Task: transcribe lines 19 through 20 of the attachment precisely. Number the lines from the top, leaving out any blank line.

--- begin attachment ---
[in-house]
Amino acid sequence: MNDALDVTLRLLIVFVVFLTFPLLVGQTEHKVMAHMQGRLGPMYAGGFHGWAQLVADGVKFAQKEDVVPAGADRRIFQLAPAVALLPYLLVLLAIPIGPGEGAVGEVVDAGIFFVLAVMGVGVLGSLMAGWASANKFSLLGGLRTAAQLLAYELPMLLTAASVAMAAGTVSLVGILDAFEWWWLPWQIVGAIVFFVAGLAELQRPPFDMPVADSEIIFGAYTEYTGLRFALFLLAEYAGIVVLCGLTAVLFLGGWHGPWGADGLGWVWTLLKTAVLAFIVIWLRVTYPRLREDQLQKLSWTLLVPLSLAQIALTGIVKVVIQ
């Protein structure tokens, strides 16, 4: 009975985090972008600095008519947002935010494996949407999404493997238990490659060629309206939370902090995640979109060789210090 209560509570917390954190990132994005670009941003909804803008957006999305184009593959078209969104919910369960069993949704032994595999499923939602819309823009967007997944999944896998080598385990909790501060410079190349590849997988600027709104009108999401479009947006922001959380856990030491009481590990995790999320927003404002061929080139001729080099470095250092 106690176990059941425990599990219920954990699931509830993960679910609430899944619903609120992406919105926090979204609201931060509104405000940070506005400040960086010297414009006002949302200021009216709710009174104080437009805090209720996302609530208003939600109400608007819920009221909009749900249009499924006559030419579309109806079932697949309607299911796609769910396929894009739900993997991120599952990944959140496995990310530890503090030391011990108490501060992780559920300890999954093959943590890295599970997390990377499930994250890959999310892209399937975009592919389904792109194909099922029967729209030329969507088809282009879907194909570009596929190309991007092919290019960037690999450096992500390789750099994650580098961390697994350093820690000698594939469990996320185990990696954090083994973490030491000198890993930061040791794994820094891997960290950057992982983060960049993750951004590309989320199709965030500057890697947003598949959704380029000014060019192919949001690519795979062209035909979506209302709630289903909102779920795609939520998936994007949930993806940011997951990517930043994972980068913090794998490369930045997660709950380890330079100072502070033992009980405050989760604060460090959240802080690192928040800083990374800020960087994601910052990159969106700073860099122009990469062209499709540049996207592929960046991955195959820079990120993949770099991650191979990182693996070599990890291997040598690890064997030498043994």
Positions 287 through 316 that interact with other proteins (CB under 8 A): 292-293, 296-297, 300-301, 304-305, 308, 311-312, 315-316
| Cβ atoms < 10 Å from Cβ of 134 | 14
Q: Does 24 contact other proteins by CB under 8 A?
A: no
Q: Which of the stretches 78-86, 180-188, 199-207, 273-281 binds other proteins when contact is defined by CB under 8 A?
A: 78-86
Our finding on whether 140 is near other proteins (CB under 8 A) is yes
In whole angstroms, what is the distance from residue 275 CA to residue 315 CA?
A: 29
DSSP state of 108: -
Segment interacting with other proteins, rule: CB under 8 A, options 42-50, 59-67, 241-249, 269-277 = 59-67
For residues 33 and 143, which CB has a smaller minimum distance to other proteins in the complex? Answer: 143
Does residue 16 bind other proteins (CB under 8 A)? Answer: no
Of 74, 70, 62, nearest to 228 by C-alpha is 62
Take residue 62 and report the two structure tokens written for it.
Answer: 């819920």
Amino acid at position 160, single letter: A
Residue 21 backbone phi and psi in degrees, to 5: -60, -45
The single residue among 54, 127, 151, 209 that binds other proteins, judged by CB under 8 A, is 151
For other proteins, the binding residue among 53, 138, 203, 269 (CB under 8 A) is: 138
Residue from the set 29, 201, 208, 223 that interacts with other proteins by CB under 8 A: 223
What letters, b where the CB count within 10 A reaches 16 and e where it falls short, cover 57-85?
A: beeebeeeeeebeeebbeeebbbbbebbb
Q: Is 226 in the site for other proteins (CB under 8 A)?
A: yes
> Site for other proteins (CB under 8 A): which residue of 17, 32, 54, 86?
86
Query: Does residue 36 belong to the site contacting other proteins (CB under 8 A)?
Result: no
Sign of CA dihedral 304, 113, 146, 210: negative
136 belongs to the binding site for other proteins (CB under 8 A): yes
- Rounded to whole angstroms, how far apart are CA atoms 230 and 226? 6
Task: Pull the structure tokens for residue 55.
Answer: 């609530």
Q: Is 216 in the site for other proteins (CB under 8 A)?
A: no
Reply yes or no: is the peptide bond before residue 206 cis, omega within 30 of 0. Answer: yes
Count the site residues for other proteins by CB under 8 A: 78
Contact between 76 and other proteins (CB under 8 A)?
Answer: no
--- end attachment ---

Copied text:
Answer: 């819920």
Amino acid at position 160, single letter: A